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Open Access Publications from the University of California

Fisheries Management Under Cyclical Population Dynamics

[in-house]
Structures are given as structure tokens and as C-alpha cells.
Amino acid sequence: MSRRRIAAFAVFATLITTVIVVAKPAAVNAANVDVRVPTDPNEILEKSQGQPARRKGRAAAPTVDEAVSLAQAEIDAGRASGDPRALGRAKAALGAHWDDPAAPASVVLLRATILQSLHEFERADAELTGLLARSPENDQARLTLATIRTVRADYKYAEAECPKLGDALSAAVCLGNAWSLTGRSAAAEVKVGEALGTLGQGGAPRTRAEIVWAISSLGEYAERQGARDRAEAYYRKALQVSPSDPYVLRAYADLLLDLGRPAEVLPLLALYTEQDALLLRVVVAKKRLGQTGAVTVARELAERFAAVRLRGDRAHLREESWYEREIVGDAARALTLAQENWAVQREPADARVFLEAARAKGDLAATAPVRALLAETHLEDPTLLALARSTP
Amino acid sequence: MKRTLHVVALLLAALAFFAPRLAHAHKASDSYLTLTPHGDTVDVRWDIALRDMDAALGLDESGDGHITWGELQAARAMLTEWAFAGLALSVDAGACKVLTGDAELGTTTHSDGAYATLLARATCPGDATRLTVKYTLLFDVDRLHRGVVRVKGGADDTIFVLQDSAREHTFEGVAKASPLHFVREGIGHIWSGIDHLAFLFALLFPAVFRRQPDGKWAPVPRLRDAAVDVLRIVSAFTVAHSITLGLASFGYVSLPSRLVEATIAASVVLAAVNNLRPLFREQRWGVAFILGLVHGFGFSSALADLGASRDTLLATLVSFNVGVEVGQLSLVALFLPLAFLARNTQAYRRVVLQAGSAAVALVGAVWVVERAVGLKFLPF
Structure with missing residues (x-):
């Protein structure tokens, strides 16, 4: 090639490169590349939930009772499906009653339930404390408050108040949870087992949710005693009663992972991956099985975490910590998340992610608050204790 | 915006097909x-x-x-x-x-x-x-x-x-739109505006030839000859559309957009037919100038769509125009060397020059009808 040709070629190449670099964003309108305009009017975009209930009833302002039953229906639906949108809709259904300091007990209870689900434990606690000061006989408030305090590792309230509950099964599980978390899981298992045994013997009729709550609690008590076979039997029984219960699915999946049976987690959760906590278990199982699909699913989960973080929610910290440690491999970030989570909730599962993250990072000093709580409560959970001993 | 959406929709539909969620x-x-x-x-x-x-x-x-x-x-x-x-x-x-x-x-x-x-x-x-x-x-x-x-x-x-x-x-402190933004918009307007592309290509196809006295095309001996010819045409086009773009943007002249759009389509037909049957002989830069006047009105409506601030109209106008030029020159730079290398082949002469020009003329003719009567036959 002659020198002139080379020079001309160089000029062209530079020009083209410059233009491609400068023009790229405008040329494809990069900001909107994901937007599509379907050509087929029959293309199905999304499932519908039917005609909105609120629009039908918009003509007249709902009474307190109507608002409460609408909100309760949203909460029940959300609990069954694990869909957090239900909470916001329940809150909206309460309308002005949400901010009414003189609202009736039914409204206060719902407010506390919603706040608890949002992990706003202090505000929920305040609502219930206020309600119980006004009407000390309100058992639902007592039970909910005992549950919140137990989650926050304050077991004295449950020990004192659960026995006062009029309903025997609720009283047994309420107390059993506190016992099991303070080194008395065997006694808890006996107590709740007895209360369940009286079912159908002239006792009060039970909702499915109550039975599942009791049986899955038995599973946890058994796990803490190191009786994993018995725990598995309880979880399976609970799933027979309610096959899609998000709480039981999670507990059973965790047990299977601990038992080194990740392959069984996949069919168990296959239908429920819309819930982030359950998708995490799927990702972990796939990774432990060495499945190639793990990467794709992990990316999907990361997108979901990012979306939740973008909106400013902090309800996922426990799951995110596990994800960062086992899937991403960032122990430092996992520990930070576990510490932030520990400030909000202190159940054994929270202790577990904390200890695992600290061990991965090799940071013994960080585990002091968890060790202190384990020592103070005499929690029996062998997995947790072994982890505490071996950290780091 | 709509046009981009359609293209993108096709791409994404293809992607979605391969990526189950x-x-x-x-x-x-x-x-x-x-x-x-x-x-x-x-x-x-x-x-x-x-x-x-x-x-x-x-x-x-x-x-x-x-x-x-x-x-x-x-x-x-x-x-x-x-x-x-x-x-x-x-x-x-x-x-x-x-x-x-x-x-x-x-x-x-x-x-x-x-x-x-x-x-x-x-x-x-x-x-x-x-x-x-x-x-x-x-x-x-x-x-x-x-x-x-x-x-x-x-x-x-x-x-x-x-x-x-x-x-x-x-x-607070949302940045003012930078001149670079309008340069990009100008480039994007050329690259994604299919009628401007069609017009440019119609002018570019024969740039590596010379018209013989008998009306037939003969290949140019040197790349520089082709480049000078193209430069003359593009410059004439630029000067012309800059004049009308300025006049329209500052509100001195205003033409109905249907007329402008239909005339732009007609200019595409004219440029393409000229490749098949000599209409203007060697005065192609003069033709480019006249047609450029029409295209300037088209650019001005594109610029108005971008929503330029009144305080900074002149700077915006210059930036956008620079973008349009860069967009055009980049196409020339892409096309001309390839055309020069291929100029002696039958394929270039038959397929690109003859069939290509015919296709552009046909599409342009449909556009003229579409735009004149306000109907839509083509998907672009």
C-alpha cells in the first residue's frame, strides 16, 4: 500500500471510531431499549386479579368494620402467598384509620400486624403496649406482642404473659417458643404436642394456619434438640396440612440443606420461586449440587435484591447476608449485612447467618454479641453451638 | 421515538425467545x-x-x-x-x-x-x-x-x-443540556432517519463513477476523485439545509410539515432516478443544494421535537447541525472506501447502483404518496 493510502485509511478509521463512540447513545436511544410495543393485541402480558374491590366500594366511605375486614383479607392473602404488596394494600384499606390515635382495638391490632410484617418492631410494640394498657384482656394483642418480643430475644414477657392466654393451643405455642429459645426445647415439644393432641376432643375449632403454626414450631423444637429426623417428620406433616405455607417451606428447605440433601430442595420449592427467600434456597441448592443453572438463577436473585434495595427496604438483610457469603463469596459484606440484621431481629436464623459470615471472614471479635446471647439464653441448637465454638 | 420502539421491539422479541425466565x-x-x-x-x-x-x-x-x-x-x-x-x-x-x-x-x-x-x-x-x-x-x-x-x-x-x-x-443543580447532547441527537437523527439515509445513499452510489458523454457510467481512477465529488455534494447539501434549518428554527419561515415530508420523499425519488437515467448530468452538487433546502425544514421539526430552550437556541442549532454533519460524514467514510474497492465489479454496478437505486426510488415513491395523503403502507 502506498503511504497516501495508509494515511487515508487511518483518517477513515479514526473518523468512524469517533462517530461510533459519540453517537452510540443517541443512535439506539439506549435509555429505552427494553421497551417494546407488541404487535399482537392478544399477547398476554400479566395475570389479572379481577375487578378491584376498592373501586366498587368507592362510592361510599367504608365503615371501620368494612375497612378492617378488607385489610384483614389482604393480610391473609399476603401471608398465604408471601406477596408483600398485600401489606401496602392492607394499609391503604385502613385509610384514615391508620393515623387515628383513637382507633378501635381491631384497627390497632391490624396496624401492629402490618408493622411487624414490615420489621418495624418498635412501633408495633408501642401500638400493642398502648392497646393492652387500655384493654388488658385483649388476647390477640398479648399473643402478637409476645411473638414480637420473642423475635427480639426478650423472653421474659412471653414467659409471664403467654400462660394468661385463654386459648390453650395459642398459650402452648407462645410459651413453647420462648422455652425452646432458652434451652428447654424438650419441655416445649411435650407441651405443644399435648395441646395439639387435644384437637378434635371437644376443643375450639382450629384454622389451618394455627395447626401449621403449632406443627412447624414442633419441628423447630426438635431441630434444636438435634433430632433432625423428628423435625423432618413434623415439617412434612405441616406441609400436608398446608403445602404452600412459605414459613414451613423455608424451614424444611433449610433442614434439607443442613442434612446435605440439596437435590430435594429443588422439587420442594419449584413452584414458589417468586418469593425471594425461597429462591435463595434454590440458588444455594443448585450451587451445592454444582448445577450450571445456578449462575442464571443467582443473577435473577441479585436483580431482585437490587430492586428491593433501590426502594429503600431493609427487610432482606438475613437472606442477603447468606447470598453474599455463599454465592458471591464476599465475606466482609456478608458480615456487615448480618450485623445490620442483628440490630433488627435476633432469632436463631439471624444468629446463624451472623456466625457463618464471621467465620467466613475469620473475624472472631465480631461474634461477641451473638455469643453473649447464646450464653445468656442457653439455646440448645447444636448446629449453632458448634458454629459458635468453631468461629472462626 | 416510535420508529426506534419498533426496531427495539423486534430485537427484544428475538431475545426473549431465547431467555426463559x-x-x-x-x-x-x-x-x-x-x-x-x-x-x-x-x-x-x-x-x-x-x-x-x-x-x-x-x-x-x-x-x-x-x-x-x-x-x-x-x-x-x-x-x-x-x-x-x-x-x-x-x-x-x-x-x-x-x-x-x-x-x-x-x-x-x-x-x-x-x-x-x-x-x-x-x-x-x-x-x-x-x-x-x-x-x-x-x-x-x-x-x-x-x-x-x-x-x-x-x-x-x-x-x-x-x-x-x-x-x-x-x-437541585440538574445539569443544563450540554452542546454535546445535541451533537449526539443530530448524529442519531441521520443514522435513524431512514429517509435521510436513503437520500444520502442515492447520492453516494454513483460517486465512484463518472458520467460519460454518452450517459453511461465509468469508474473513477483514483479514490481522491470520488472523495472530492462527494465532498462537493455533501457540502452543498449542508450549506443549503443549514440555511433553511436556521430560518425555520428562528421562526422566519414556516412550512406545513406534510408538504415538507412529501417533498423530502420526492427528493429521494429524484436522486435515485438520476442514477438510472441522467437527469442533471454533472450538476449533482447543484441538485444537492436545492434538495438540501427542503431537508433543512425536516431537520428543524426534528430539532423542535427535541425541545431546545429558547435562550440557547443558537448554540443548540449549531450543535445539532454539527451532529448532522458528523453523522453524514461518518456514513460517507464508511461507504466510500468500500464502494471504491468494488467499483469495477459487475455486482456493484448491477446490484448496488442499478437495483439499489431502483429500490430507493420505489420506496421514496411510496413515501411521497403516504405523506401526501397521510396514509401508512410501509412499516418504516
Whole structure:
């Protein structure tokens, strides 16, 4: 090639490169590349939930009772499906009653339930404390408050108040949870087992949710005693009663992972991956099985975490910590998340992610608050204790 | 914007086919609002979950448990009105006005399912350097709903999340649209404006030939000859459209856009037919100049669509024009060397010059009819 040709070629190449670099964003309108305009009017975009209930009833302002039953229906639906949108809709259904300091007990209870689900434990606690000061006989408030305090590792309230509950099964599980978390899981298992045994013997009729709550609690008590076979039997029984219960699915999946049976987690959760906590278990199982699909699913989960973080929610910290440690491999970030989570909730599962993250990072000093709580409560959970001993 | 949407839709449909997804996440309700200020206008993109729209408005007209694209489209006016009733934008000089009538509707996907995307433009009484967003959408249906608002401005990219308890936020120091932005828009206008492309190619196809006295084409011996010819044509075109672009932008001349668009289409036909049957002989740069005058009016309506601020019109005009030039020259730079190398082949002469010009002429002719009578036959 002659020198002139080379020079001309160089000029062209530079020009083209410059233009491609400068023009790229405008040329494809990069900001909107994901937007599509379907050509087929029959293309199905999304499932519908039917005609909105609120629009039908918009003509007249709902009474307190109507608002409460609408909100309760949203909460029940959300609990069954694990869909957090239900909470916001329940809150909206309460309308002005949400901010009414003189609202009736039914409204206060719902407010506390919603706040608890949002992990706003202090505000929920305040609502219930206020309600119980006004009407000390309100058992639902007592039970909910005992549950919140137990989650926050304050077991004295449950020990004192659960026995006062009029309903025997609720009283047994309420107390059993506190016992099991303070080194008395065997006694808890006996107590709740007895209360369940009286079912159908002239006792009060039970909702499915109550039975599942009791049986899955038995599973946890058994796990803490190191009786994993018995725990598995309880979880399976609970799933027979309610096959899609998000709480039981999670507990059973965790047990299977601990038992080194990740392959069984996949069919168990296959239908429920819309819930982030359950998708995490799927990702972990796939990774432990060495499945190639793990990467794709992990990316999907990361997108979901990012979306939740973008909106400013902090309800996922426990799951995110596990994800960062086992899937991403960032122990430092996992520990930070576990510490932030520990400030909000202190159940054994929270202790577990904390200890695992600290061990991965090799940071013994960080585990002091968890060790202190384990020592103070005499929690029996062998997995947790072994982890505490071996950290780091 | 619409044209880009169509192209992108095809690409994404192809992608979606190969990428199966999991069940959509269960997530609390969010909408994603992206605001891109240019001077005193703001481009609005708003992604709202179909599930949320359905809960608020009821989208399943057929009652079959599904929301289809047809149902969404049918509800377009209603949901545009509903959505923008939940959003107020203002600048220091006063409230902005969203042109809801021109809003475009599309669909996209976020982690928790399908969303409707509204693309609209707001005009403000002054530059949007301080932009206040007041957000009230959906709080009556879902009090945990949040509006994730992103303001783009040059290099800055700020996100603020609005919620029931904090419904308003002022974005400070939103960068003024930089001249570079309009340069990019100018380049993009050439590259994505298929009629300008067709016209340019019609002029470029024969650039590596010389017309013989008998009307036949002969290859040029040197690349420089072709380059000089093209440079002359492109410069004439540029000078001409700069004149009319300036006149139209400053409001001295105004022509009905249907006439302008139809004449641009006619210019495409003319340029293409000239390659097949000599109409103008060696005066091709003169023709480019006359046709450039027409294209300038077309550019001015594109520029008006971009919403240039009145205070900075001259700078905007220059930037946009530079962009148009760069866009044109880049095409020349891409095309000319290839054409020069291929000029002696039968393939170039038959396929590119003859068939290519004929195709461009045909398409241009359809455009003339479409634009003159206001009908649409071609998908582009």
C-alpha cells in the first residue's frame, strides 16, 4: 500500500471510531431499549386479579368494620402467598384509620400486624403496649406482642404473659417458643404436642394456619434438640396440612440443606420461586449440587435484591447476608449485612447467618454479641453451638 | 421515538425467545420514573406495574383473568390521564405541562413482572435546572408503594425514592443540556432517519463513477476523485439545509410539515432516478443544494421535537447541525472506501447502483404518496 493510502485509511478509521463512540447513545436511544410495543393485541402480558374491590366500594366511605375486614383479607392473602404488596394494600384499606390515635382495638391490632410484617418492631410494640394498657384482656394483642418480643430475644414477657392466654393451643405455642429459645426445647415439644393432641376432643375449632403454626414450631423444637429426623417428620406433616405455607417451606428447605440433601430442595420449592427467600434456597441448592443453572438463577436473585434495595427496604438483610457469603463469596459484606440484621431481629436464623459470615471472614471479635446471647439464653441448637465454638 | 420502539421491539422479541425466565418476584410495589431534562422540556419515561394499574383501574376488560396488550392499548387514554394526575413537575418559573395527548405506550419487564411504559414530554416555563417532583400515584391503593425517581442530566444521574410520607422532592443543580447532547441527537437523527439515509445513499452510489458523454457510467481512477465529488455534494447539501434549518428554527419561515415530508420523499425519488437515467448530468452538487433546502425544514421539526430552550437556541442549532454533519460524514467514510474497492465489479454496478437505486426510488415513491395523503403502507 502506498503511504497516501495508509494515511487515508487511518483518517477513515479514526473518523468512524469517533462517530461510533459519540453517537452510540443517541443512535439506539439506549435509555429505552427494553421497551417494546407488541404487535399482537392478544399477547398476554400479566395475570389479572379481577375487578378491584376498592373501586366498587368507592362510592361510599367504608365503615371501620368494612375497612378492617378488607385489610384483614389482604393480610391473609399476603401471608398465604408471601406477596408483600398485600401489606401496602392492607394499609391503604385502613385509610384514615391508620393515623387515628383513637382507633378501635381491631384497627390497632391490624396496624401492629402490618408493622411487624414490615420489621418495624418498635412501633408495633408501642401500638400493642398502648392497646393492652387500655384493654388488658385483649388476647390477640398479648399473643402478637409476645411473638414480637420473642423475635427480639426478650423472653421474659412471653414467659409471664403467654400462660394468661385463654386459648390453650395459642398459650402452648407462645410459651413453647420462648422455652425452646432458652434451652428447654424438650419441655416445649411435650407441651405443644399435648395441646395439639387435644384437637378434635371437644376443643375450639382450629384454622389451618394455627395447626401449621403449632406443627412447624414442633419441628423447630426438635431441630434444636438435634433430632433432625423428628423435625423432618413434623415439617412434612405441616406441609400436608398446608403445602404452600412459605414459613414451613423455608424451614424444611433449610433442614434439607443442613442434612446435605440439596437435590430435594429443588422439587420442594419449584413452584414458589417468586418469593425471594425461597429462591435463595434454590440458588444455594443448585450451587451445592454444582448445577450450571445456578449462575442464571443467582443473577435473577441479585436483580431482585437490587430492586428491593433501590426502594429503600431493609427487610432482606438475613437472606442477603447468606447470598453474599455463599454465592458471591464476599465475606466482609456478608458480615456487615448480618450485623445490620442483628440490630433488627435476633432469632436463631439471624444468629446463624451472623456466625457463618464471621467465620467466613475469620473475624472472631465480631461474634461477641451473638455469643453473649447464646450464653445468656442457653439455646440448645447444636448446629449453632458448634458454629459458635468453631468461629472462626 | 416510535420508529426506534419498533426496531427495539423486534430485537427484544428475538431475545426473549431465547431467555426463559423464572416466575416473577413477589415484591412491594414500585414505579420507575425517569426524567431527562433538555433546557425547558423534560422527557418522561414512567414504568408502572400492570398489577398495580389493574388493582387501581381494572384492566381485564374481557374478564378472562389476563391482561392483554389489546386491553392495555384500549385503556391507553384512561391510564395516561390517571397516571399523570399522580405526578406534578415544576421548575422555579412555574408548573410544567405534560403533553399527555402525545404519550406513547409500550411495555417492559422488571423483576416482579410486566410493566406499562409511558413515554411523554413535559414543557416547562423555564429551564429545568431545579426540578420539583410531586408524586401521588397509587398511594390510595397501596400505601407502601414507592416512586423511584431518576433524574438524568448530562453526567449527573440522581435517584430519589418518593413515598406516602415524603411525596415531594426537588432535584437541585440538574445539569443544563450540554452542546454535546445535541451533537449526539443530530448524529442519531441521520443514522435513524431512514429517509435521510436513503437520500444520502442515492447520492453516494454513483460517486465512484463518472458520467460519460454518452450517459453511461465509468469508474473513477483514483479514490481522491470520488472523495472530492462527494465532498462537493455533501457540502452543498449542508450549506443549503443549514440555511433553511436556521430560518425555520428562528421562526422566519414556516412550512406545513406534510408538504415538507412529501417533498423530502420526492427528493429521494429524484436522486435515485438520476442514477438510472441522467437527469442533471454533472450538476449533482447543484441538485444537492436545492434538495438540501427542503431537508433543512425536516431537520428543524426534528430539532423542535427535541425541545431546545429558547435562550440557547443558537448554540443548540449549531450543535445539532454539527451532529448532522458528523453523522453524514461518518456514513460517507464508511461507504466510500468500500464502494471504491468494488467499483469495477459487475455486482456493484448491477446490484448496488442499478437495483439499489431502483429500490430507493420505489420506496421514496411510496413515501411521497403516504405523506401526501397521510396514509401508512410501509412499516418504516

Almost all fisher models assume time-invariant parameter values of the underlying biological growth function except for an i.i.d. error term. We examine the economic implications of cyclical growth parameters in both single and multi-species models, which are frequently observed in many real-world fisheries. Neither optimal harvest rates nor optimal escapement (remaining fish stock after fishing) remain constant as current models would predict. The amplitude of the optimal escapement is incrasing in the amplitude of the biological growth function. Moreover, the optimal harvest rate lags the cycle of the biological growth function, i.e., the highest harvest rate is observed after biological conditionos have started to decline and the optimum escapement level has alrady decreased. This is in sharp contrast to current policies which are in phase with biological conditions and hence imply and increasea/decrease in harvest quotas when the biological system is improving/deteriorating. In our model, harvest closures are only optimal during time periods when growth parameters are improving most rapidly. We show that once the periodicity of the biological growth function is incorporated, many of the traditional policy prescriptions reverse.

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